Help me be a bookworm en francais.
March 19, 2010 9:00 AM   Subscribe

I need help building my French-language library. I'm looking for good books in French that aren't too tough for someone who isn't used to the language. All genres are welcome, but non-fiction and YA especially.

One of the upshots of the way I learnt French is that I just didn't read much, and that's impeding my grasp of the language. So I'm looking for books that are interesting and engaging without being too difficult in terms of language- so most of the classics are out.

I'm an eclectic reader in English, but I particularly love history, fantasy, non-fiction (Outliers, Freakonomics, and the like), YA (think Animorphs, Chalet School, CHERUB, Alex Rider) and chick lit (more Meg Cabot than Stephanie Plum, though.)

So any recommendations for books in those genres, or really, anything that isn't too literary but still well written would be fantastic.
posted by Tamanna to Writing & Language (13 answers total) 22 users marked this as a favorite
My earlier question has some good suggestions. If you've not read Le Petit Prince that's a great start, and I can thoroughly recommend some French comic books, particularly Les Quatre Fleuves, anything by Guy Delisle, and the Kaboul Disco books by Nicolas Wild.
posted by handee at 9:08 AM on March 19, 2010

L'Etranger seems all fancy-pants but I didn't think it was actually that difficult, and I'm not fully fluent in French. Plus, it's a great book.
posted by sallybrown at 9:21 AM on March 19, 2010 [1 favorite]

I know a bunch of (adult) language learners (including some people learning French) who read the Harry Potter series in their respective languages. Don't know if that's exactly what you're looking for, but everyone I know has been pretty happy with it.
posted by brainmouse at 9:25 AM on March 19, 2010

I read and enjoyed Les Jeux sont faits, by Sartre. It's a screenplay so it's not very difficult to read (a lot of dialogue, some description). It's about two soulmates who don't meet until after death, and are given the chance to live again to change that... but get caught up again in their life dramas.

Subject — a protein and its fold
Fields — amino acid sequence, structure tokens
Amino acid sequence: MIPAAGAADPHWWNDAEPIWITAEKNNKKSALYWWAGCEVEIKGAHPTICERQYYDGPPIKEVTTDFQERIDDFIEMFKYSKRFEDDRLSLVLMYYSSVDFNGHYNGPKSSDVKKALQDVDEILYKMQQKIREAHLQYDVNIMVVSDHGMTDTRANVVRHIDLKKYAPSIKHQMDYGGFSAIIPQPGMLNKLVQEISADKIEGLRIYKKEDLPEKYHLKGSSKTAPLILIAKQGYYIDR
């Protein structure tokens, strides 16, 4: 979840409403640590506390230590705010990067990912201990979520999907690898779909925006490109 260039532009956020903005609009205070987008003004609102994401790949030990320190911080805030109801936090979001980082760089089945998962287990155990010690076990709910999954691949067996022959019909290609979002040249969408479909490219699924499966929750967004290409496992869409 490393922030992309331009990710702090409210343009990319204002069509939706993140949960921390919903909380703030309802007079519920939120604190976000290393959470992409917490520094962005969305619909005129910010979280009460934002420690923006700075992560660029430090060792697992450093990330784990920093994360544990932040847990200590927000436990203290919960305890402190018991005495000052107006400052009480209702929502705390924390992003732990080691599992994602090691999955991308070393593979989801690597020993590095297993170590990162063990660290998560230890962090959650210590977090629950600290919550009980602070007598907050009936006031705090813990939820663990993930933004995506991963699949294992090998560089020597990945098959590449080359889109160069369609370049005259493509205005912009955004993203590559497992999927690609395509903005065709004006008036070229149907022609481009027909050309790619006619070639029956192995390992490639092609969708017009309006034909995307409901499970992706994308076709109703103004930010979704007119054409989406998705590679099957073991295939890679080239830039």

posted by Solon and Thanks at 9:29 AM on March 19, 2010 [1 favorite]

sans famille by hector malot is a great read.
posted by kimyo at 9:43 AM on March 19, 2010

Jean-Marie le Clezio - I think you know that name - uses pristine prose. If I were you, I would read some children books written by famous writers : Daniel Pennac, Jean-Marie le Clezio, and then move on to their adult oriented works.
You can check all theses websites : French Foreign Office page on Books (links to past pages on the left). Telerama (magazine) website books page with a list of the journalists' favourite books (many foreign books, but many French recent books also, reeditions included as well - they often review children books or comics, but interesting ones). A plus d'un titre is a very interesting Public Radio Program, you can listen to some of the past programs, and check the list of their guests, and then double-cross on the amazon French website (which includes user's opinions) to have a clue... L'atelier Littéraire is another interesting program.
I don't know how to say... A real must-listen-to if you're into French Culture (but maybe you know that one) is Le Masque et la Plume, a weekly program which has been broadcasted live for 55 years now. It features several critics who give their opinion on a few works and then discuss them, sometimes confront one another. This is especially funny when two critics give two completely different opinions in a few minutes interval. I gave you the link to their archives, each program theme (films, plays, books) is specified. Again, French works and foreign works are discussed. The three programs have podcast feeds that you can find on their own page (abonnez-vous au podcast).
posted by nicolin at 10:51 AM on March 19, 2010

Two previous questions were very similar to yours, especially the first one:

Recommend some French-language books (or sites) for a intermediate French-learner.

Recommend me some french comics or kids books!
posted by k. at 11:18 AM on March 19, 2010

posted by Confess, Fletch at 11:18 AM on March 19, 2010

You might also like either the simply written, short books by Annie Ernaux (autobiographical stuff, deep and grim) or Christian Bobin (christian oriented writer).
posted by nicolin at 11:20 AM on March 19, 2010

You know, there's no reason why you can't order French translations of the books you like in English (sure, you won't get exposure to French culture but you'll be reading something vaguely familiar to you and this will help you pick up on the little linguistic tics French has).

For example, I'm learning German and I've been watching the second Batman film with Heath Ledger.
posted by I_pity_the_fool at 2:40 PM on March 19, 2010 [1 favorite]

I learned French as an adult and Et si c'etait vrai (Marc Dery) was a good read for me. It was made into a Hollywood film (Just Like Heaven) a few years ago.
posted by Cuke at 7:19 PM on March 19, 2010

Astérix le Gaulois: French, check; history, check; fantasy, check; YA, check. A series of graphic novels.
posted by gentilknight at 9:44 PM on March 19, 2010

For some reason, it was fairly easy for me to find French translations of Agatha Christie. Her language tends to be simple and direct, with lots of action to help you figure out words in context.

I also read Alexander Dumas Three Musketeers and the sequel in French - again good story and easy to follow if I didn't know all the words.
posted by metahawk at 11:16 PM on March 19, 2010

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